Thermal Comfort Assessment of Buildings, ISBN-13: 978-8847052376
[PDF eBook eTextbook]
- 152 pages
- Publisher: Springer; 2013 edition (12 Jun. 2013)
- Author: Salvatore Carlucci
- Language: English
- ISBN-10: 9788847052376
- ISBN-13: 978-8847052376
The wealth of research on thermal comfort has been partially taken and crystallized into international standards, where thermal comfort is defined as: ‘‘that condition of mind which expresses satisfaction with the thermal environment and is assessed by subjective evaluation’’. A selection of subjective judgment scales has been described, e.g., in ISO 10551. Those scales propose a set of answers to questions as: ‘‘how do you feel at this precise moment?’’, or ‘‘please state how you would prefer to be now’’, so they allow collecting information about the thermal sensation and preference of a certain subject in a given place at a given time.
The data collected via these standardized surveys in the laboratory and in the field have been interpreted, and meaningful correlations between the answers and various physical variables have been derived, giving rise to what are generally called comfort models, for example, the Fanger whole-body steady-state heat balance model, the Pierce two-node model, the adaptive models and others. All these models have as input the here-and-now questions and make here-and-now predictions over the likely answers of a group of people in a certain environment.
But, when assessing comfort performances of an existing building or using a certain comfort target interval as one of the objectives of a building design process, one is generally interested in the overall performance. So one would attempt to consider some adequate average over time (e.g., a season, a year, etc.) and space (e.g., all occupied thermal zones of a building) of the here-and-now thermal comfort values, be them gathered via direct interviews in a building or calculated via one of the models. Disparate averaging algorithms have been proposed in the literature, and some are presented in the standards and available for use in applications.
All this at least in theory; in everyday practice budget constraints and other limitations have often led to using very simplified rules for assessment or design, even not making explicit which model and assumptions are taken as a basis. Averaging algorithms have been used often without an analysis of their implications on design choices, and very limited comparison between them has been performed.
But in the last years, under the renewed effort toward low- and zero-energy buildings, the issues of fine-tuning comfort and fully understanding its connection with energy use have become increasingly important and urgent to address, particularly so in warm climates and warm periods.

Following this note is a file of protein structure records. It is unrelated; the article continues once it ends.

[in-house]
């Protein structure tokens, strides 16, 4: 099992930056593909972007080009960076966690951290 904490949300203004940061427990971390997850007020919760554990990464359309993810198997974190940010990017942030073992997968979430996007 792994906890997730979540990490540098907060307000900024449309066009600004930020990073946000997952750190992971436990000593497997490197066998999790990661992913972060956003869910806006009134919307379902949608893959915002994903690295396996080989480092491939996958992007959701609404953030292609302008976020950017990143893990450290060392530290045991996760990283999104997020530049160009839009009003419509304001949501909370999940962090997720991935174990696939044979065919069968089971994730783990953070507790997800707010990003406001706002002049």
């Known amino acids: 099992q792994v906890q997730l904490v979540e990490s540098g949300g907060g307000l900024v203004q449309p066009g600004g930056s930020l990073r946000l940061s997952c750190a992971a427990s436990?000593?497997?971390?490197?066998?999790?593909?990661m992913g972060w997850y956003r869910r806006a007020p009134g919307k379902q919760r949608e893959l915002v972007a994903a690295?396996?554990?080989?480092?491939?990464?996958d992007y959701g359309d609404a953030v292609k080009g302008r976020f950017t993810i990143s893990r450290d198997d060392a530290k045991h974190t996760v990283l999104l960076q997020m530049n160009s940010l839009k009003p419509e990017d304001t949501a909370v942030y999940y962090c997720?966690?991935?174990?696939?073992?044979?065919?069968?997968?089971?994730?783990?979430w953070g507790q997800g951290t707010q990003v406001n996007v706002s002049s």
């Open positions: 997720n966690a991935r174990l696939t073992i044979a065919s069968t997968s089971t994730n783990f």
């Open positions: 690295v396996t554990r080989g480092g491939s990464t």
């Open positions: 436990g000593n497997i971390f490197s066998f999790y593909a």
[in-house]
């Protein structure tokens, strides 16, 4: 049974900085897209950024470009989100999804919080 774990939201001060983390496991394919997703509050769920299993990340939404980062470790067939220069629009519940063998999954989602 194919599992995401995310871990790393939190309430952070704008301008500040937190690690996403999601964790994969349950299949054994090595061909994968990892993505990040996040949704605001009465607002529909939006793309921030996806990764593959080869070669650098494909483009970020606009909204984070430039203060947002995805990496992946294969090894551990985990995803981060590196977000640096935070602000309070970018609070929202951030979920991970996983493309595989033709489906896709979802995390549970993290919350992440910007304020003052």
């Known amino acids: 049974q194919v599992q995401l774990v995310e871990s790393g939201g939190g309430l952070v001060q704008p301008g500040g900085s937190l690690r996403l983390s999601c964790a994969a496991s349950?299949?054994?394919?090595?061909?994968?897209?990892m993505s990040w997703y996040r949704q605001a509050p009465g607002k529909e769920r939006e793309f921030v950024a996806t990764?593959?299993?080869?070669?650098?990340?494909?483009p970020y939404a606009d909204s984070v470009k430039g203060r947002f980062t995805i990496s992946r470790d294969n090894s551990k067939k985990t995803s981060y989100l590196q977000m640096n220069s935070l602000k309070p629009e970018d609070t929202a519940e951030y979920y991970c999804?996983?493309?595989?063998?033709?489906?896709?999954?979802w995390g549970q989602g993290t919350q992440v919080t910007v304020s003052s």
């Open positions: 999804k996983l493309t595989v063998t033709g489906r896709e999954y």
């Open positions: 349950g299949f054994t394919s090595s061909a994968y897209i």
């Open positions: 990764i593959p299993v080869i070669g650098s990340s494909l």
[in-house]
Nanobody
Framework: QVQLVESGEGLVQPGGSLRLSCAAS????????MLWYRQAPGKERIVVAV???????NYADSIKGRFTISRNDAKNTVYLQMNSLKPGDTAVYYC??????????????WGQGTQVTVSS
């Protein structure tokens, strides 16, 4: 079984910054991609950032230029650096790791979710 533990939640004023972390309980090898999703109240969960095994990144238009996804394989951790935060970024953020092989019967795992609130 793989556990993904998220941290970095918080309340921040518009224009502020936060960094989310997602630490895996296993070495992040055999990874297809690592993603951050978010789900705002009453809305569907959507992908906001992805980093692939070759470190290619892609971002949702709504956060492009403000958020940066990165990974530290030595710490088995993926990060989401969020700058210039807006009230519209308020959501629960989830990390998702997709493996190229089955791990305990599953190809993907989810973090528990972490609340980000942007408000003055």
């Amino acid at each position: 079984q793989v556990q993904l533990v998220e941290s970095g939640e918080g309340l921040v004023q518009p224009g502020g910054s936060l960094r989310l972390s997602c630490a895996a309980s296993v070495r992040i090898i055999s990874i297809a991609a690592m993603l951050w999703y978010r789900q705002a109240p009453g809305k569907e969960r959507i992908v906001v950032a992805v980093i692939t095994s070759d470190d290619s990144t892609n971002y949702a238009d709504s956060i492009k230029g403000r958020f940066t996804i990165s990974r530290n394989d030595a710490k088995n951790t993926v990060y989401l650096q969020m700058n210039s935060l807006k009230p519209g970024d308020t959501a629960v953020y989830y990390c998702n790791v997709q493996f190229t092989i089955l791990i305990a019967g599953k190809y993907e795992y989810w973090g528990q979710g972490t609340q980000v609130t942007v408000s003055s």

A number of European research projects (e.g., SCATs, Commoncense, ThermCo, KeepCool) have explored these issues and added new data to the comfort databases about occupied real buildings; conferences and networks such as NCEUB, Palenc, and IEA SHC Task 40/ECBCS Annex 52 have been a fruitful research cooperation and exchange opportunity for analyzing the implications on comfort design; some of the new findings have found their way to the recent update of the standards EN 15251, ISO 7730, and ASHRAE 55, and will influence their further ongoing revision.
The research work of Dr. Carlucci presented in this book represents an important contribution to these advancements and a fruit of his active engagement in some of the mentioned projects and networks, in the framework of his participation in the end-use Efficiency Research Group of Politecnico di Milano.
A careful review, comparison, and analysis of the large number of long-term indexes proposed in the literature were highly needed and are now hence available. Building on those, Carlucci proposes a new improved long-term general discomfort index which aims at better matching the specific objectives of real world assessment and design and to be applicable with the three main comfort models presented in the standards. It also explicitly defines the operational use of the index (e.g., how to define the length of the calculation period based on the actual climate of the site) in order to overcome the present ambiguities that often undermine the gnoseological and practical relevance of the results. Finally, he developed three computer codes in the EnergyPlus Reference Language for calculating the three versions of the new index and integrated them in the simulation environment EnergyPlus in order to calculate the new index and to report it as a direct output of the simulation.
Overall, a clear-cut methodology is here an essential tool to produce useful results for real world applications.
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